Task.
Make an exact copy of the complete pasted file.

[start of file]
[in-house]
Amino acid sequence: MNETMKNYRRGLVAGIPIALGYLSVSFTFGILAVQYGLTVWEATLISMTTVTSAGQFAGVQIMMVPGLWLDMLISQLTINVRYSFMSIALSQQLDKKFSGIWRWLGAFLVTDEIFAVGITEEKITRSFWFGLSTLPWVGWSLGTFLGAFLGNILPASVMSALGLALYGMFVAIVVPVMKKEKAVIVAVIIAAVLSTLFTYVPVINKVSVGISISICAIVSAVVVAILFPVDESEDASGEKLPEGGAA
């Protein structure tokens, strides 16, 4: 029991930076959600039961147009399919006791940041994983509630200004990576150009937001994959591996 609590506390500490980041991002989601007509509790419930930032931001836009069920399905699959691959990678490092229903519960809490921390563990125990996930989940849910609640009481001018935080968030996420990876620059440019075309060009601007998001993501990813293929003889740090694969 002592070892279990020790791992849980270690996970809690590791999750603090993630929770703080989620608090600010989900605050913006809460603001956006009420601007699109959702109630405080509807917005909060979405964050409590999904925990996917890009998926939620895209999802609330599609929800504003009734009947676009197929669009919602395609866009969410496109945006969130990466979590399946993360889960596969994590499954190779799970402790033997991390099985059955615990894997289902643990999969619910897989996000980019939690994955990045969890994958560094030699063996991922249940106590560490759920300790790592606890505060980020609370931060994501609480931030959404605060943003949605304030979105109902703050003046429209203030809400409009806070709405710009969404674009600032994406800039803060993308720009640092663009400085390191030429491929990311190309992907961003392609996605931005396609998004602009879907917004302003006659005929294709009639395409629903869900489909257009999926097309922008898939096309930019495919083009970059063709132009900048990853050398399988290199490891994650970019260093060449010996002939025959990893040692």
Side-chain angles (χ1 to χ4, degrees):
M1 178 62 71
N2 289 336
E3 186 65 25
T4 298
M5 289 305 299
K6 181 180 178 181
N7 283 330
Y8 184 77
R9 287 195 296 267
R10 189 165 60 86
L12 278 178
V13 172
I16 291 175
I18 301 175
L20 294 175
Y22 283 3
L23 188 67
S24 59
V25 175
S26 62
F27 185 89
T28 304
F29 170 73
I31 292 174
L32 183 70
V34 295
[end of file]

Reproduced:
[in-house]
Amino acid sequence: MNETMKNYRRGLVAGIPIALGYLSVSFTFGILAVQYGLTVWEATLISMTTVTSAGQFAGVQIMMVPGLWLDMLISQLTINVRYSFMSIALSQQLDKKFSGIWRWLGAFLVTDEIFAVGITEEKITRSFWFGLSTLPWVGWSLGTFLGAFLGNILPASVMSALGLALYGMFVAIVVPVMKKEKAVIVAVIIAAVLSTLFTYVPVINKVSVGISISICAIVSAVVVAILFPVDESEDASGEKLPEGGAA
């Protein structure tokens, strides 16, 4: 029991930076959600039961147009399919006791940041994983509630200004990576150009937001994959591996 609590506390500490980041991002989601007509509790419930930032931001836009069920399905699959691959990678490092229903519960809490921390563990125990996930989940849910609640009481001018935080968030996420990876620059440019075309060009601007998001993501990813293929003889740090694969 002592070892279990020790791992849980270690996970809690590791999750603090993630929770703080989620608090600010989900605050913006809460603001956006009420601007699109959702109630405080509807917005909060979405964050409590999904925990996917890009998926939620895209999802609330599609929800504003009734009947676009197929669009919602395609866009969410496109945006969130990466979590399946993360889960596969994590499954190779799970402790033997991390099985059955615990894997289902643990999969619910897989996000980019939690994955990045969890994958560094030699063996991922249940106590560490759920300790790592606890505060980020609370931060994501609480931030959404605060943003949605304030979105109902703050003046429209203030809400409009806070709405710009969404674009600032994406800039803060993308720009640092663009400085390191030429491929990311190309992907961003392609996605931005396609998004602009879907917004302003006659005929294709009639395409629903869900489909257009999926097309922008898939096309930019495919083009970059063709132009900048990853050398399988290199490891994650970019260093060449010996002939025959990893040692």
Side-chain angles (χ1 to χ4, degrees):
M1 178 62 71
N2 289 336
E3 186 65 25
T4 298
M5 289 305 299
K6 181 180 178 181
N7 283 330
Y8 184 77
R9 287 195 296 267
R10 189 165 60 86
L12 278 178
V13 172
I16 291 175
I18 301 175
L20 294 175
Y22 283 3
L23 188 67
S24 59
V25 175
S26 62
F27 185 89
T28 304
F29 170 73
I31 292 174
L32 183 70
V34 295